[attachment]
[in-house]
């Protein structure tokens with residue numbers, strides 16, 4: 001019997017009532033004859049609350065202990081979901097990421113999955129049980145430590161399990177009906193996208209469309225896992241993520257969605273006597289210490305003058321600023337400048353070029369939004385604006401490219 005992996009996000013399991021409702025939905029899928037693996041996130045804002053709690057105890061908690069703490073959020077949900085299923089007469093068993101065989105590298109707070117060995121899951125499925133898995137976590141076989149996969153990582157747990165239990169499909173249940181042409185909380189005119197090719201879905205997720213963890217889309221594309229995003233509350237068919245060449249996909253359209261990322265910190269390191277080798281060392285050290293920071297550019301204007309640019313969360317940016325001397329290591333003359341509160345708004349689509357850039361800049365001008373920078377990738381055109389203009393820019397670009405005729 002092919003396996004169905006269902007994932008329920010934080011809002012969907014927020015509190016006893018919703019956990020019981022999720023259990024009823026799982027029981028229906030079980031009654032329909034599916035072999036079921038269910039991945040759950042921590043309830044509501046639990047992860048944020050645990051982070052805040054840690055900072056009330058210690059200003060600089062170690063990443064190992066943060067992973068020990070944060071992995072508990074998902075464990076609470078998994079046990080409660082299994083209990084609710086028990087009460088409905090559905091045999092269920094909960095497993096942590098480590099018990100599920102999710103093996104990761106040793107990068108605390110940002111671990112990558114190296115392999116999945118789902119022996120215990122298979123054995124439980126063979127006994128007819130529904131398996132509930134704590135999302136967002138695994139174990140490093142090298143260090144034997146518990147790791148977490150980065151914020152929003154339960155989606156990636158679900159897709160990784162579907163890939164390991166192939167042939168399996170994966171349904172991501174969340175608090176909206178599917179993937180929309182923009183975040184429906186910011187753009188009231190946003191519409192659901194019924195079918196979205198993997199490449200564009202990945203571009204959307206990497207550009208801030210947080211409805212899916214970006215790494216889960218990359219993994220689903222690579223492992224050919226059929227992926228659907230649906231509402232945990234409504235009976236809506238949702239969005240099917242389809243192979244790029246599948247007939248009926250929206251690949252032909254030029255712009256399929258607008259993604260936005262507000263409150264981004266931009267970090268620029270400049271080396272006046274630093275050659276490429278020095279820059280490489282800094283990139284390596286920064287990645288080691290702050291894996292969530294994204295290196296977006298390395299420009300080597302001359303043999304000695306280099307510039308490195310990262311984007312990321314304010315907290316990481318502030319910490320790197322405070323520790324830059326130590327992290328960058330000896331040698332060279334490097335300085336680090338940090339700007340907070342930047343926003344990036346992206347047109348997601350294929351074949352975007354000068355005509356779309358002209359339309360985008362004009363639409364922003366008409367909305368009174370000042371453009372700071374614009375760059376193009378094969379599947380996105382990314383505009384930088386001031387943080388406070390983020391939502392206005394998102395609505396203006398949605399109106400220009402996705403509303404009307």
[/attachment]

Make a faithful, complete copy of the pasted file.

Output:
[in-house]
């Protein structure tokens with residue numbers, strides 16, 4: 001019997017009532033004859049609350065202990081979901097990421113999955129049980145430590161399990177009906193996208209469309225896992241993520257969605273006597289210490305003058321600023337400048353070029369939004385604006401490219 005992996009996000013399991021409702025939905029899928037693996041996130045804002053709690057105890061908690069703490073959020077949900085299923089007469093068993101065989105590298109707070117060995121899951125499925133898995137976590141076989149996969153990582157747990165239990169499909173249940181042409185909380189005119197090719201879905205997720213963890217889309221594309229995003233509350237068919245060449249996909253359209261990322265910190269390191277080798281060392285050290293920071297550019301204007309640019313969360317940016325001397329290591333003359341509160345708004349689509357850039361800049365001008373920078377990738381055109389203009393820019397670009405005729 002092919003396996004169905006269902007994932008329920010934080011809002012969907014927020015509190016006893018919703019956990020019981022999720023259990024009823026799982027029981028229906030079980031009654032329909034599916035072999036079921038269910039991945040759950042921590043309830044509501046639990047992860048944020050645990051982070052805040054840690055900072056009330058210690059200003060600089062170690063990443064190992066943060067992973068020990070944060071992995072508990074998902075464990076609470078998994079046990080409660082299994083209990084609710086028990087009460088409905090559905091045999092269920094909960095497993096942590098480590099018990100599920102999710103093996104990761106040793107990068108605390110940002111671990112990558114190296115392999116999945118789902119022996120215990122298979123054995124439980126063979127006994128007819130529904131398996132509930134704590135999302136967002138695994139174990140490093142090298143260090144034997146518990147790791148977490150980065151914020152929003154339960155989606156990636158679900159897709160990784162579907163890939164390991166192939167042939168399996170994966171349904172991501174969340175608090176909206178599917179993937180929309182923009183975040184429906186910011187753009188009231190946003191519409192659901194019924195079918196979205198993997199490449200564009202990945203571009204959307206990497207550009208801030210947080211409805212899916214970006215790494216889960218990359219993994220689903222690579223492992224050919226059929227992926228659907230649906231509402232945990234409504235009976236809506238949702239969005240099917242389809243192979244790029246599948247007939248009926250929206251690949252032909254030029255712009256399929258607008259993604260936005262507000263409150264981004266931009267970090268620029270400049271080396272006046274630093275050659276490429278020095279820059280490489282800094283990139284390596286920064287990645288080691290702050291894996292969530294994204295290196296977006298390395299420009300080597302001359303043999304000695306280099307510039308490195310990262311984007312990321314304010315907290316990481318502030319910490320790197322405070323520790324830059326130590327992290328960058330000896331040698332060279334490097335300085336680090338940090339700007340907070342930047343926003344990036346992206347047109348997601350294929351074949352975007354000068355005509356779309358002209359339309360985008362004009363639409364922003366008409367909305368009174370000042371453009372700071374614009375760059376193009378094969379599947380996105382990314383505009384930088386001031387943080388406070390983020391939502392206005394998102395609505396203006398949605399109106400220009402996705403509303404009307």